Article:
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Take the Pulse Pledge for International Year of Pulses & Your Health (PCN Spring 2016) MAR 29 2016 | Consumers and Producers | Pulse Crop News

This article appeared in the Spring 2016 issue of Pulse Crop News.

Join the Alberta Pulse Growers (APG) and people around the world by taking the Pulse Pledge to start eating more pulses during International Year of Pulses 2016 (IYP).

Many Albertans, including Alberta Agriculture and Forestry Minister Oneil Carlier, took the Pulse Pledge at APG’s booth during the FarmTech Conference. Anyone can take the pledge from anywhere at

As this issue of Pulse Crop News went to press, more than 22,000 North Americans had made the commitment to eating pulses once a week for 10 weeks and join a global food movement. Signing up through the Pulse Pledge website offers opportunities for recipes, inspiration and the chance to win great prizes along the way.

Allison Ammeter, Chair of APG and the IYP Canada Committee, took the pledge along with many other guests in January at Canada’s Pulse Feast hosted by Chef Michael Smith of Food Network Canada.

“Pulses are so great for health and the environment that encouraging more people around the world to take the Pulse Pledge is something we can all feel good about,” said Ammeter, who already enjoyed eating and cooking with the pulses grown on her family’s farm. “If you are new to pulses, pledge to incorporate them into your diet once a week for 10 weeks to start. If you are already eating pulses, pledge to eat pulses three times a week. How about including half a cup of pulses into your diet every day? It quickly adds up to improved nutrition!”

As people eat more pulses, Alberta farmers will sell more pulses, Ammeter explained. This will contribute to APG’s mission and new five-year strategic plan to increase pulse consumption by 100 grams per capita per week. Another focused action for APG is to influence the development of pulse products to increase pulse consumption in domestic and key international markets, as well as to develop a vibrant value-added processing industry in Alberta.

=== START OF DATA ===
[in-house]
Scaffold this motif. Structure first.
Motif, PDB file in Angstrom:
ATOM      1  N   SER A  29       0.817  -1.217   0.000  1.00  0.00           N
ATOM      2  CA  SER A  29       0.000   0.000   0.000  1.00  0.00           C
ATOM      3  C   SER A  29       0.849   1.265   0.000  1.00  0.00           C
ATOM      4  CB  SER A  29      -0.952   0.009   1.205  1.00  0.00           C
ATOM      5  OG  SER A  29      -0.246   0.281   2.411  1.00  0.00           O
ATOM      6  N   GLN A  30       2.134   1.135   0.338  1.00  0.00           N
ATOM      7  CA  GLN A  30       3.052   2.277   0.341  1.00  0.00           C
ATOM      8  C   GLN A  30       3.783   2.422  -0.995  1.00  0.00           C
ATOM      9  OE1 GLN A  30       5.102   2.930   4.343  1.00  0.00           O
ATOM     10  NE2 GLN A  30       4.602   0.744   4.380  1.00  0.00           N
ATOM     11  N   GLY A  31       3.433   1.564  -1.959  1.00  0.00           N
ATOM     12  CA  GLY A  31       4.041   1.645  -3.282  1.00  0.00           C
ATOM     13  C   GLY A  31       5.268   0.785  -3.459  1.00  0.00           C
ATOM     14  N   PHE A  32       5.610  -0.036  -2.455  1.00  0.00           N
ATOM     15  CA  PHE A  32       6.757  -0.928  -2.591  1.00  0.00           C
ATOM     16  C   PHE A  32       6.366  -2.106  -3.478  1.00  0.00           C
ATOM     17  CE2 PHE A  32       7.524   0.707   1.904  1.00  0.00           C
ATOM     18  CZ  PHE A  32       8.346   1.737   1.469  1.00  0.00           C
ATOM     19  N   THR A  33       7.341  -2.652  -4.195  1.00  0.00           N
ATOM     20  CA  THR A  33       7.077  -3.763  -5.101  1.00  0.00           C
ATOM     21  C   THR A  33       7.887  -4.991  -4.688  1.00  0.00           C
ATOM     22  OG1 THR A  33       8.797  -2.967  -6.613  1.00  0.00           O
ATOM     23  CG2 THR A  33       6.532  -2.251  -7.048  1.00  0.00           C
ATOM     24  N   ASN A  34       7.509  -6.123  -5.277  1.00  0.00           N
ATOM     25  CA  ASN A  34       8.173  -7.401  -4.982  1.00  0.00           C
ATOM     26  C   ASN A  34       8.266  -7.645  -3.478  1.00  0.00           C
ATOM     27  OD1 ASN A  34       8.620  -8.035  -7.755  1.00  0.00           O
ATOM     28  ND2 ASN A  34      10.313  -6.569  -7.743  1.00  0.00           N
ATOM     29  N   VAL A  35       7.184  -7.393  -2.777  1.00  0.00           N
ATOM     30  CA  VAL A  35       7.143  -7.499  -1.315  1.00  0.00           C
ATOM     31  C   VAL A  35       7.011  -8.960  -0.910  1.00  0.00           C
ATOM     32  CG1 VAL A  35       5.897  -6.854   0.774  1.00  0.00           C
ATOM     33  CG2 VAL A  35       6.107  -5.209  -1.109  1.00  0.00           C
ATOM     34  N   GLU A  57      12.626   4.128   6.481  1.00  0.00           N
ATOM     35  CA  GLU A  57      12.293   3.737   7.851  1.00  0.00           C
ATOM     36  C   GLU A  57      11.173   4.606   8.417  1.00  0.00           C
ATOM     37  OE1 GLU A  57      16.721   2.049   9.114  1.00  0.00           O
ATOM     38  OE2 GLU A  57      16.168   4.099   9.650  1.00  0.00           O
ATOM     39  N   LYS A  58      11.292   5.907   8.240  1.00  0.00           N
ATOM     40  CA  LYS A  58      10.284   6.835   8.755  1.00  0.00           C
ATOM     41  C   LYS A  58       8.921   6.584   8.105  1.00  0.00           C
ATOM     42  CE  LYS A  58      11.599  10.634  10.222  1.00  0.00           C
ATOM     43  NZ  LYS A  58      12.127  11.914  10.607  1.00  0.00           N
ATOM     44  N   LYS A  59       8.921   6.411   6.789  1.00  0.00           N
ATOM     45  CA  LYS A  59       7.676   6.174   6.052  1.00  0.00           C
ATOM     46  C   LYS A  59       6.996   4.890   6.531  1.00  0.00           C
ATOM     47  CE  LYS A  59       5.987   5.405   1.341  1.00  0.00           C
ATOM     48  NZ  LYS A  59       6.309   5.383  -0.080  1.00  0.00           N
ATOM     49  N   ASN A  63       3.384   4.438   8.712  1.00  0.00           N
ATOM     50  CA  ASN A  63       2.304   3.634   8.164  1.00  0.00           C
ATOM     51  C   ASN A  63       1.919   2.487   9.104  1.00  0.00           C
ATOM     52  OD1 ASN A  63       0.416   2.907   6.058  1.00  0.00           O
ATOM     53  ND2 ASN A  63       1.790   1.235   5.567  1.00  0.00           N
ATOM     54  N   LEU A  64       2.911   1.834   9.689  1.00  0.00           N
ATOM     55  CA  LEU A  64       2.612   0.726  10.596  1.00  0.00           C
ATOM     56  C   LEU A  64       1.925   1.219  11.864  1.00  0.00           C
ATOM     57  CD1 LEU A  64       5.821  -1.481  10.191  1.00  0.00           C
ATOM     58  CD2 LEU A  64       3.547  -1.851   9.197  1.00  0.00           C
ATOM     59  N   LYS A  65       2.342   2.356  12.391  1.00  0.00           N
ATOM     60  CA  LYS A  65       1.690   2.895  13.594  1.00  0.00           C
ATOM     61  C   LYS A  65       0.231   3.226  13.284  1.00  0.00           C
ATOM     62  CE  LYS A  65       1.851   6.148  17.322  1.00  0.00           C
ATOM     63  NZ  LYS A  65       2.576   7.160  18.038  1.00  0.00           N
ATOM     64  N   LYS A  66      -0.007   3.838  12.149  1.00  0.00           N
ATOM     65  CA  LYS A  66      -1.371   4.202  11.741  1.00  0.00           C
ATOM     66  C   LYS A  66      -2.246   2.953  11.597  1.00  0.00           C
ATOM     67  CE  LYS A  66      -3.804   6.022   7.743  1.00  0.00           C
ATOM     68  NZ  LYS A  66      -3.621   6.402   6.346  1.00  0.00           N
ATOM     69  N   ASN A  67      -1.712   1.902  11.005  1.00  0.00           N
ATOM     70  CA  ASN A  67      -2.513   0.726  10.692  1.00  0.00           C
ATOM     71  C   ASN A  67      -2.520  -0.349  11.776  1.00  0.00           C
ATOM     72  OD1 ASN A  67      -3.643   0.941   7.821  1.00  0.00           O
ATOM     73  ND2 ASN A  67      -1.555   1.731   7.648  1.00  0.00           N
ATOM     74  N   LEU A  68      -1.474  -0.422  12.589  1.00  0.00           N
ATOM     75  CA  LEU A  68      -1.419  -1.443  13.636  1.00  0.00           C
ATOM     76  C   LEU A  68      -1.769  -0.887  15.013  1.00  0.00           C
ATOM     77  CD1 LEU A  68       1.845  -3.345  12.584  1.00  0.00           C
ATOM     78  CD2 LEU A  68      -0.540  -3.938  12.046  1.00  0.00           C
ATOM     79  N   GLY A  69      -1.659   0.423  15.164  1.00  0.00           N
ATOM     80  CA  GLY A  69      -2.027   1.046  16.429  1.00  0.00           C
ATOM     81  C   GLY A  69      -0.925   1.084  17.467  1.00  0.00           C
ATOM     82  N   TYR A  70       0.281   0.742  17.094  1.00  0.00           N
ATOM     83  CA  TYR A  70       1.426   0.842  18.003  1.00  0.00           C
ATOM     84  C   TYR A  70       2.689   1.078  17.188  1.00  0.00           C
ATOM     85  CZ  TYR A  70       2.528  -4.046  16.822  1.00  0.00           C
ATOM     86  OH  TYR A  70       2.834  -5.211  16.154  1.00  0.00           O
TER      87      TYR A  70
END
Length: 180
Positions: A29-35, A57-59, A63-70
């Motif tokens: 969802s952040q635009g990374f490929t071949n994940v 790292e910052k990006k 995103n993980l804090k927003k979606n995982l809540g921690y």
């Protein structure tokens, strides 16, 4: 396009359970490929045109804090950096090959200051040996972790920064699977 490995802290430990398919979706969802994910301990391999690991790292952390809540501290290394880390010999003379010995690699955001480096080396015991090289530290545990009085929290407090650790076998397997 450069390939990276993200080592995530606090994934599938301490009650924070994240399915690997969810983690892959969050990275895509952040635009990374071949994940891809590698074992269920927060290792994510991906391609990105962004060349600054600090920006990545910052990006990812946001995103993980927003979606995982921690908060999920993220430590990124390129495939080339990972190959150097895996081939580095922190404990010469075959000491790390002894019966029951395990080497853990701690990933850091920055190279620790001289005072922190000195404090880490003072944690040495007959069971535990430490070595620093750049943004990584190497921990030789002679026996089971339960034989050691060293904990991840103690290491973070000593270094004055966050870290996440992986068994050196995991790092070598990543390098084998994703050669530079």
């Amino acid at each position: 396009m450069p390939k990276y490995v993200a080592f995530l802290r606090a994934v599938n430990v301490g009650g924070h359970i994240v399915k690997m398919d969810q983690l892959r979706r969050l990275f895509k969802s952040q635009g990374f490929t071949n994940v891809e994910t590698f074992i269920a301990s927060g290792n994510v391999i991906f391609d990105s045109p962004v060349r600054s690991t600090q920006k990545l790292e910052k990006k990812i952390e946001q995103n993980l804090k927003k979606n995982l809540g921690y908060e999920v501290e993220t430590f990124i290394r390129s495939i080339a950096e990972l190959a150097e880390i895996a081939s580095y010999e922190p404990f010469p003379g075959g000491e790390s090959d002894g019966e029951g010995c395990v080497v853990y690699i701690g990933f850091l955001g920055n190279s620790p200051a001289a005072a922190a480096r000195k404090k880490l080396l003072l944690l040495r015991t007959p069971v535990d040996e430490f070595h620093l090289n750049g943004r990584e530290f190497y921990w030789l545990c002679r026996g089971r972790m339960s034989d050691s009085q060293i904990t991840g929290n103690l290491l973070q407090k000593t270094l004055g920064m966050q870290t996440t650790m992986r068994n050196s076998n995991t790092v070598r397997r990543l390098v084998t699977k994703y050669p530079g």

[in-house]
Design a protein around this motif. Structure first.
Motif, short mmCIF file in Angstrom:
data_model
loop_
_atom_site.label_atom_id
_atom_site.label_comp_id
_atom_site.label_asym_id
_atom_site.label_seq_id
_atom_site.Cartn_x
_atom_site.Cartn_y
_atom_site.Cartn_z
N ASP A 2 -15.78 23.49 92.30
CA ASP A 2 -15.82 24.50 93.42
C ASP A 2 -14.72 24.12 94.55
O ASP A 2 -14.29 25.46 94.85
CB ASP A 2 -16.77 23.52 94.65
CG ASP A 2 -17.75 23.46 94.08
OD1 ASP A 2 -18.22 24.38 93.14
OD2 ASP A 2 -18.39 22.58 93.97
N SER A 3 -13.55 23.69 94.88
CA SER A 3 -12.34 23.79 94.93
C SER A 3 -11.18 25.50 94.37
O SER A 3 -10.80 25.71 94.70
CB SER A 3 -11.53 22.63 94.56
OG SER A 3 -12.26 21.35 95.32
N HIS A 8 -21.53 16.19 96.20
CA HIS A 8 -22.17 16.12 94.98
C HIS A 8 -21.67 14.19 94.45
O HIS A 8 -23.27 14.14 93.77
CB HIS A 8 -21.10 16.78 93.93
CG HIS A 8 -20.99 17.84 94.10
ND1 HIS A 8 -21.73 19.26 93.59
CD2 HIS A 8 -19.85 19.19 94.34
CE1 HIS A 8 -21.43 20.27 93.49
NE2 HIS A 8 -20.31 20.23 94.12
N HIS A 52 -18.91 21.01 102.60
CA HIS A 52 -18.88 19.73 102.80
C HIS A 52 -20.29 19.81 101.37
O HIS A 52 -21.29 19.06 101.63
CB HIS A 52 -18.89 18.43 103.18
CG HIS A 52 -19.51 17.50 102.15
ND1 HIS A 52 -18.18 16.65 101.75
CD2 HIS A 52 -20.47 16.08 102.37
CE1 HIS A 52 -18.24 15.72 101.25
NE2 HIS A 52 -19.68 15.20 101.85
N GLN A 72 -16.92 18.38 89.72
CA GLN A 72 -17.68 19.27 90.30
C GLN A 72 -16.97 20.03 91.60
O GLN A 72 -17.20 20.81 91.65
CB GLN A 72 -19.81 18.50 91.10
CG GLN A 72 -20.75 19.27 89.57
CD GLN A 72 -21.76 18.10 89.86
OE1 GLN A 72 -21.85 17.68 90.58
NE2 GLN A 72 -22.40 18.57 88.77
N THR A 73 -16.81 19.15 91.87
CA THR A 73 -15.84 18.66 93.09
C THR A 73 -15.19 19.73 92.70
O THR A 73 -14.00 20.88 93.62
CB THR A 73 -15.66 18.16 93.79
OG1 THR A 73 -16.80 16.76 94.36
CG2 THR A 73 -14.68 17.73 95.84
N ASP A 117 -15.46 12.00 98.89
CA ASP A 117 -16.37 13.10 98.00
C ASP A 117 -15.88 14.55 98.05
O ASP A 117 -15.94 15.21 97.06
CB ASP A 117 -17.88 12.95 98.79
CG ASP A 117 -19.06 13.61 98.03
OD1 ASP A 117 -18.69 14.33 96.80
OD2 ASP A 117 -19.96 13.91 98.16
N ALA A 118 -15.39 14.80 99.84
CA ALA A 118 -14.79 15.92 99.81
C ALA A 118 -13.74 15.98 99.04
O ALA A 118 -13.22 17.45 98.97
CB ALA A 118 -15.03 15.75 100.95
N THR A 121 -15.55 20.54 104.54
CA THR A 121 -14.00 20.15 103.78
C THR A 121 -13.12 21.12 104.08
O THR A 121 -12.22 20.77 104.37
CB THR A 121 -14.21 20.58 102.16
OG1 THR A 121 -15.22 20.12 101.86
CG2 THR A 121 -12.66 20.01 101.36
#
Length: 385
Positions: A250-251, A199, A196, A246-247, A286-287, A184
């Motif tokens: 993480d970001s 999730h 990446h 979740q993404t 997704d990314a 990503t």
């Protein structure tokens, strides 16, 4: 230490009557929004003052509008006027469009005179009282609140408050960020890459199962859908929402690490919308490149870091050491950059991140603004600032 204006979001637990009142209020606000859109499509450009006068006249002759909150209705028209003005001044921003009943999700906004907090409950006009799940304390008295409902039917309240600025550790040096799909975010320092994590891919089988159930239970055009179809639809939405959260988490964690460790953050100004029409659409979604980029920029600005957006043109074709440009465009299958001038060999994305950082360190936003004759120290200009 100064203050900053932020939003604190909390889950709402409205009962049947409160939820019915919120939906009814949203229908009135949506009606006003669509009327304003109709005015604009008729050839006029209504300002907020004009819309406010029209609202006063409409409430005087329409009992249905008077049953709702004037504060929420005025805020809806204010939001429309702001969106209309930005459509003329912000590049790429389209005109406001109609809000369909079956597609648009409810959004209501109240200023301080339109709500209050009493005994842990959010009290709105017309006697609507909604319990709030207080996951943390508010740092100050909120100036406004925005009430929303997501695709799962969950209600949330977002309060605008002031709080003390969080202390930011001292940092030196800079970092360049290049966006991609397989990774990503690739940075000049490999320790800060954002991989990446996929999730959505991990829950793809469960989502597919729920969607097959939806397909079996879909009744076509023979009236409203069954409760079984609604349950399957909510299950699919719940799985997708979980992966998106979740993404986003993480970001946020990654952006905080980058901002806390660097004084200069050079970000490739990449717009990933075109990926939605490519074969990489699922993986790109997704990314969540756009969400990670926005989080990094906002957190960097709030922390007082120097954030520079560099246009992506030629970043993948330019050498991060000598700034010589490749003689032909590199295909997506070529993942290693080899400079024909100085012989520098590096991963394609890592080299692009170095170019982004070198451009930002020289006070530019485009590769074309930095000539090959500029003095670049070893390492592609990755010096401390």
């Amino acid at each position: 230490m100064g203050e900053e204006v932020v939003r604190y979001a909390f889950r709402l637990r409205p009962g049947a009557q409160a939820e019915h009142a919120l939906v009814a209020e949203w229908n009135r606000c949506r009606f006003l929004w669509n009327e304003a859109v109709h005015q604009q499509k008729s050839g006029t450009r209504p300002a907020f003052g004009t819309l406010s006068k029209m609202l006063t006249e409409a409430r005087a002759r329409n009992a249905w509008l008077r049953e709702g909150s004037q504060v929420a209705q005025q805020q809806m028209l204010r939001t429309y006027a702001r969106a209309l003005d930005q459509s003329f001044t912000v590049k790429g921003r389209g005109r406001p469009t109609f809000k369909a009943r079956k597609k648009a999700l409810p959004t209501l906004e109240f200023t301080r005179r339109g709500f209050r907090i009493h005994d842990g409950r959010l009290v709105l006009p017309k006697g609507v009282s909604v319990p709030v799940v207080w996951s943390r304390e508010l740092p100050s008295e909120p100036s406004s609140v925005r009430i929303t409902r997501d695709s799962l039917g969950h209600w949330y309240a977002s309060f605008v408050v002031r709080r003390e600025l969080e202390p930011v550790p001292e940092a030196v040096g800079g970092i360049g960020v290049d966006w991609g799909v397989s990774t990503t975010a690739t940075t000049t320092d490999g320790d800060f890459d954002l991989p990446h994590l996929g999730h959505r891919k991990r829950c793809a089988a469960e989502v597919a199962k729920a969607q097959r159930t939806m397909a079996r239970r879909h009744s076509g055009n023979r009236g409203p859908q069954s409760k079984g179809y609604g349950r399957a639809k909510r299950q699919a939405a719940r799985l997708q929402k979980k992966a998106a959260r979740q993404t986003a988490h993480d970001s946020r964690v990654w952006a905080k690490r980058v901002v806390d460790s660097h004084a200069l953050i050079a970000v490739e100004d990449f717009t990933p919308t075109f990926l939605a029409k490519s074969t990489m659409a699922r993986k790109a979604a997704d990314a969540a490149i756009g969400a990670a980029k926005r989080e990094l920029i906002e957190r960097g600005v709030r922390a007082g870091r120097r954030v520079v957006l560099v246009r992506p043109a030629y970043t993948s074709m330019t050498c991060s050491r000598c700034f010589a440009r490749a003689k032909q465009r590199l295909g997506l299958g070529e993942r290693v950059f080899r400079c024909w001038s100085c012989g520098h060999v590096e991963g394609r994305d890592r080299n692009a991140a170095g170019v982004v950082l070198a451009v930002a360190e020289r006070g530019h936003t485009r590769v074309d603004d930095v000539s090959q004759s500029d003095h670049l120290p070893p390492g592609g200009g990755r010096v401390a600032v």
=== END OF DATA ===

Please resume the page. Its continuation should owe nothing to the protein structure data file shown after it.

This will, in turn, contribute to the realization of another target of the APG strategic plan, which is to increase the arable land planted to pulse crops in Alberta from eight per cent to 15 per cent over five years. This past growing season, Alberta farmers grew pulses on 1.8 million acres.

“IYP is an opportunity to capture the attention of consumers and the food industry, to demonstrate how incorporating more pulses into their diets and food products can improve nutrition and also support the environment,” Ammeter said. “It will leverage the international focus on pulses to build more demand for the pulses that Canadian growers are producing.”

The IYP Canada Committee consists of representatives from APG and its counterparts in other provinces, Pulse Canada, and industry representatives. Ultimately, the goal of IYP Canada is to contribute to the sustainable and profitable growth of the Canadian pulse industry. To learn more about the wide range of activities that support that goal and to learn how you can join the effort, visit